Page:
For many entrepreneurs and small business owners, obligatory fun is a difficult lesson to accept, particularly during tough economic times. True, there’s the argument that doing what you love as a profession qualifies as “fun”, but I’m talking real fun. I’m talking vacation fun.
Self-employment carries with it a daunting list of sacrifices (no health insurance, no set workweek, no regular paycheck…), but foregoing fun should not be one of them. Time-off imbues people with a renewed sense of purpose and a fresh set of eyes. Beyond rejuvenation, vacation gives you the opportunity to test your business and isolate any holes in its operations.
But tearing yourself away isn’t easy. Maybe you’re short-staffed during the summer season. Maybe you feel guilty for leaving your work behind. For this week’s “How-To Tuesday”, I’ve compiled some tips on how to overcome those relaxation hurdles and kick up your heels.
- Plan in advance. When your vacation is motivated by stress, it’s tempting to disappear for a week with little notice. Scheduling your vacation well in advance, however, will insure a more relaxing experience: “Put your vacation on your calendar and take steps to prepare for it, just as you would any other project. This kind of advance planning will allow you to project potential snags, and take steps to ensure that they don't deprive you of needed time off.”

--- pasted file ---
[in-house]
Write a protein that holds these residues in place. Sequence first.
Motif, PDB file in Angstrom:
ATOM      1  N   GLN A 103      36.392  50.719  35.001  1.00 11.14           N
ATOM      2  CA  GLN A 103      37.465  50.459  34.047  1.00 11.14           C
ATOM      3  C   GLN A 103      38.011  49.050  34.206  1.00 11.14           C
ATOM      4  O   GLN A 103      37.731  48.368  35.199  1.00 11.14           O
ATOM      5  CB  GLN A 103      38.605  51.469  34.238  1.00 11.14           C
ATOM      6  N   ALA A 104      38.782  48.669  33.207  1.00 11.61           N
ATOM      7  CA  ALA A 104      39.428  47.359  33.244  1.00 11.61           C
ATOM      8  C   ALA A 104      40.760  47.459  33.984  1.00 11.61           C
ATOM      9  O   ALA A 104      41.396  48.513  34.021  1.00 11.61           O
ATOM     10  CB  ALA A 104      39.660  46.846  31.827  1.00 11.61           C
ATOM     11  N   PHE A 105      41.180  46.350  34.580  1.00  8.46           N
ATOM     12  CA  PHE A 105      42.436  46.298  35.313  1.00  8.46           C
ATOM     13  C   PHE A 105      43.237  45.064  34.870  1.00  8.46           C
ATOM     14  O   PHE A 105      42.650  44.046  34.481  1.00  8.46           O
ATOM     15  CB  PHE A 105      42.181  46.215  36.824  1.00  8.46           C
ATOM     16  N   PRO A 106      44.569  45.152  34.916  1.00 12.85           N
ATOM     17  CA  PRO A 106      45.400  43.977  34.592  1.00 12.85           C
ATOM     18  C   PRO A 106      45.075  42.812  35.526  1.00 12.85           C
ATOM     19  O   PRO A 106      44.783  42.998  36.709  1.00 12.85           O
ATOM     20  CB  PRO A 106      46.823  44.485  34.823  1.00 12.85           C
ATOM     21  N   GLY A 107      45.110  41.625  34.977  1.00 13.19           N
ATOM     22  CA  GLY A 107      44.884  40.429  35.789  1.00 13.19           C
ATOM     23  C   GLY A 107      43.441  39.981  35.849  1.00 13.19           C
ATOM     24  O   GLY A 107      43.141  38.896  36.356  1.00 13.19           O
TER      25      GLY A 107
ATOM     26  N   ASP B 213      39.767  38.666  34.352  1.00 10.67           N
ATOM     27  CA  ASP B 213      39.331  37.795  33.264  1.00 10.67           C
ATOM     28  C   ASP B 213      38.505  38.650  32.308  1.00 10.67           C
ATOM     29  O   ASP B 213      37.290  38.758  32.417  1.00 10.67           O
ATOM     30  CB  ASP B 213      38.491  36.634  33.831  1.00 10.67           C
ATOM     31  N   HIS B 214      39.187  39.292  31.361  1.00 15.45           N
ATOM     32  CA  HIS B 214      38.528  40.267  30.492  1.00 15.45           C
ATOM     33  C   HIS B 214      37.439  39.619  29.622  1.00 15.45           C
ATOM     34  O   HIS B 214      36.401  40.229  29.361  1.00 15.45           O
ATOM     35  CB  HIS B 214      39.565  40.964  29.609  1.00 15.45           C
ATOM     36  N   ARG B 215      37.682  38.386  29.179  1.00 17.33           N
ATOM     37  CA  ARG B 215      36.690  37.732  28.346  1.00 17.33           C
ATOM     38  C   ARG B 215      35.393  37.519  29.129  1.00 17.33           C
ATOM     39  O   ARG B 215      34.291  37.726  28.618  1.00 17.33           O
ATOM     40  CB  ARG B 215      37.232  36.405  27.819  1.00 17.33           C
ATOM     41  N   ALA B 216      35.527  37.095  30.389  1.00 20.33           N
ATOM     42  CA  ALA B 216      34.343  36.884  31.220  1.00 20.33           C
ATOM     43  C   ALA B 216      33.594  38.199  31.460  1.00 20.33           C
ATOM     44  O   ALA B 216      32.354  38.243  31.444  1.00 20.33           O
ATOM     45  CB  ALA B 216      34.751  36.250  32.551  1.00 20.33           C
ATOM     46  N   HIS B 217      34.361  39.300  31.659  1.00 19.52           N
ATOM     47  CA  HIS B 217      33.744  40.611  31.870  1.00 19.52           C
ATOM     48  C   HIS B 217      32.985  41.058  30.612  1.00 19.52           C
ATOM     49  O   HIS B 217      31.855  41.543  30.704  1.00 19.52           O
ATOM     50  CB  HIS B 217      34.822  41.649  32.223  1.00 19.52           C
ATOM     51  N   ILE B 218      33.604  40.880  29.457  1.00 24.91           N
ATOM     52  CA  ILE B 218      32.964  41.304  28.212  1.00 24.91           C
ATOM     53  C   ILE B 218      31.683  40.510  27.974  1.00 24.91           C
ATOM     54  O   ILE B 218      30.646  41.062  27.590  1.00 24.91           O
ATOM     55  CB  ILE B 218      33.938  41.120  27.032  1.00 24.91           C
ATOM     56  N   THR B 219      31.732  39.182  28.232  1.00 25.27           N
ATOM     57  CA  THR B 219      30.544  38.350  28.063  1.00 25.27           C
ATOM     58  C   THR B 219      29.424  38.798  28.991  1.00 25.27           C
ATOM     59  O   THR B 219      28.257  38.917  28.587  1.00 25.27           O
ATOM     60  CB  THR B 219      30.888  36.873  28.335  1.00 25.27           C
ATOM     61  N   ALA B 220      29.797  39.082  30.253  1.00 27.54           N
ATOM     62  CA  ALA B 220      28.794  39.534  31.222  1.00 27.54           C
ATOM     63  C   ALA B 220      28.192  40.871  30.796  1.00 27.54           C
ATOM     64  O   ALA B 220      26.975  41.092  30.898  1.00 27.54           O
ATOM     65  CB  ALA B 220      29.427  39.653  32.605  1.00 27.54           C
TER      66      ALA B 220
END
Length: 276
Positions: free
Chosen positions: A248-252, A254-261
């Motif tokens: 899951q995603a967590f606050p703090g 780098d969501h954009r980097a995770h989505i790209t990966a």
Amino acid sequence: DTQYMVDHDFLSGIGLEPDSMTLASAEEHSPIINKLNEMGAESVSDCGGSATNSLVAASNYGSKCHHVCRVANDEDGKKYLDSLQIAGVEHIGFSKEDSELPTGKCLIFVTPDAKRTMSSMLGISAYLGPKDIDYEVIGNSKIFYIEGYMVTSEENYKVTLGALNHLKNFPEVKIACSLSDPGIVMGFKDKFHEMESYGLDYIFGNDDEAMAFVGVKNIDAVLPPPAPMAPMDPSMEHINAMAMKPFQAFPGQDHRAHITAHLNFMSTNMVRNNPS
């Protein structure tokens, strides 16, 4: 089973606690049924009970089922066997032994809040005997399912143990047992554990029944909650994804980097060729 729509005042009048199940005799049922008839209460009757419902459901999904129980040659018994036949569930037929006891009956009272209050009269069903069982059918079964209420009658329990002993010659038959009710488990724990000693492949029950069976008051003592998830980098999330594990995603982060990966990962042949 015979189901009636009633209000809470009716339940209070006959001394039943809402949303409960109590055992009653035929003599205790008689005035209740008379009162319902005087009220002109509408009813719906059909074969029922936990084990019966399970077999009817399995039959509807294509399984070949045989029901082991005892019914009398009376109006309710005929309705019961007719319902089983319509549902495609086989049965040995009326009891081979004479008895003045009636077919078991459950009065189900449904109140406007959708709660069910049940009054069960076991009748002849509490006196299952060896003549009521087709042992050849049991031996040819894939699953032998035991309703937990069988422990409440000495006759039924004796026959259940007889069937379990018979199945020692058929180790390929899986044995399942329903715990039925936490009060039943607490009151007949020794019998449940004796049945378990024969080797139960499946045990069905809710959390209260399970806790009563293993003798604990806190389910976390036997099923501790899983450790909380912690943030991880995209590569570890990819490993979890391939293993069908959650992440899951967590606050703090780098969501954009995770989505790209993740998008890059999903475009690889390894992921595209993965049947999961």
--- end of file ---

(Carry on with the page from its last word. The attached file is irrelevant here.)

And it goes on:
- Cede control to staff before your departure. According to “A Small Business Owner’s Guide to Vacation”: “Taking a vacation is the perfect opportunity to test the abilities of your trusted staff members to handle the ship. Have your staff make a list of top priorities to have them buy into the accountabilities of running the office before you leave. Remember to let go of control and you'll have greater success in delegation.”
- If you must check in, set limits. In order to keep your work at bay, Amanda of “Small Business CEO” writes: “I don’t see anything wrong with taking an hour out each day to quickly check over things back home. It’s a necessary evil of running your own business. Keep it limited to a very small time frame and avoid inconveniencing anyone else on the trip.”
- Don’t rush the reentry. Leaving work seems less stressful when you have a cohesive plan for your return. A survey conducted by American Express OPEN recommends: “One-quarter (26%) will prepare a to-do list before leaving, return a couple of days before they are due to the office or refrain from scheduling appointments the day they return. One in five (20%) will ease back into work by getting caught up on emails the day before they return.”
So, unless you’re in a business that thrives during the 4th of July weekend, reserve some time for yourself over the next few days and plan something big for the upcoming year. Get out of town or check out yesterday’s “stay-cation” suggestions. If you’re really struggling with the whole concept of a vacation, tack some personal days onto the end of a business trip. I don’t care how you do it; just make sure it’s fun.